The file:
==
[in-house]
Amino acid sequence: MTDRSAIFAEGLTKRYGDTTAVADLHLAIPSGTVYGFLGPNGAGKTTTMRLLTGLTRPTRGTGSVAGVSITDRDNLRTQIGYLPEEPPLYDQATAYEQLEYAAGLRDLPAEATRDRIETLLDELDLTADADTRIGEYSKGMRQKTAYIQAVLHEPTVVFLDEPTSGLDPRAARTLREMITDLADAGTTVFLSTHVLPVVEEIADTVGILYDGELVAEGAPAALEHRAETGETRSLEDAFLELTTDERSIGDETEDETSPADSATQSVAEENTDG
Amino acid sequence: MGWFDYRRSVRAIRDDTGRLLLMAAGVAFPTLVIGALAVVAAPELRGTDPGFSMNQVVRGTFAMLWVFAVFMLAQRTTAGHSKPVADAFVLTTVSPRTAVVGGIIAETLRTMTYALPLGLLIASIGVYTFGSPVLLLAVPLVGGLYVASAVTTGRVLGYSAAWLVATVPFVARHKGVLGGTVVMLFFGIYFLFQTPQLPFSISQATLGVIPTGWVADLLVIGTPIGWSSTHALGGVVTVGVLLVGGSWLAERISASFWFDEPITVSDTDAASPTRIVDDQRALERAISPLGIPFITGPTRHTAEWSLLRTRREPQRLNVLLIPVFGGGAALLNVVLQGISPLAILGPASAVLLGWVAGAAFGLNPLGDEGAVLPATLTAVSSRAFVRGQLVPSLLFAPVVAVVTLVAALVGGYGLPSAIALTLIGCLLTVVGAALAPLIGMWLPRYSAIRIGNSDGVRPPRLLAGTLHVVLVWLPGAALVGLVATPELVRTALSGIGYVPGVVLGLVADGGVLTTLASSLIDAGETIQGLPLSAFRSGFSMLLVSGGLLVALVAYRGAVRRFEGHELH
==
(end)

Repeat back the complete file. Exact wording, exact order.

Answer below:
[in-house]
Amino acid sequence: MTDRSAIFAEGLTKRYGDTTAVADLHLAIPSGTVYGFLGPNGAGKTTTMRLLTGLTRPTRGTGSVAGVSITDRDNLRTQIGYLPEEPPLYDQATAYEQLEYAAGLRDLPAEATRDRIETLLDELDLTADADTRIGEYSKGMRQKTAYIQAVLHEPTVVFLDEPTSGLDPRAARTLREMITDLADAGTTVFLSTHVLPVVEEIADTVGILYDGELVAEGAPAALEHRAETGETRSLEDAFLELTTDERSIGDETEDETSPADSATQSVAEENTDG
Amino acid sequence: MGWFDYRRSVRAIRDDTGRLLLMAAGVAFPTLVIGALAVVAAPELRGTDPGFSMNQVVRGTFAMLWVFAVFMLAQRTTAGHSKPVADAFVLTTVSPRTAVVGGIIAETLRTMTYALPLGLLIASIGVYTFGSPVLLLAVPLVGGLYVASAVTTGRVLGYSAAWLVATVPFVARHKGVLGGTVVMLFFGIYFLFQTPQLPFSISQATLGVIPTGWVADLLVIGTPIGWSSTHALGGVVTVGVLLVGGSWLAERISASFWFDEPITVSDTDAASPTRIVDDQRALERAISPLGIPFITGPTRHTAEWSLLRTRREPQRLNVLLIPVFGGGAALLNVVLQGISPLAILGPASAVLLGWVAGAAFGLNPLGDEGAVLPATLTAVSSRAFVRGQLVPSLLFAPVVAVVTLVAALVGGYGLPSAIALTLIGCLLTVVGAALAPLIGMWLPRYSAIRIGNSDGVRPPRLLAGTLHVVLVWLPGAALVGLVATPELVRTALSGIGYVPGVVLGLVADGGVLTTLASSLIDAGETIQGLPLSAFRSGFSMLLVSGGLLVALVAYRGAVRRFEGHELH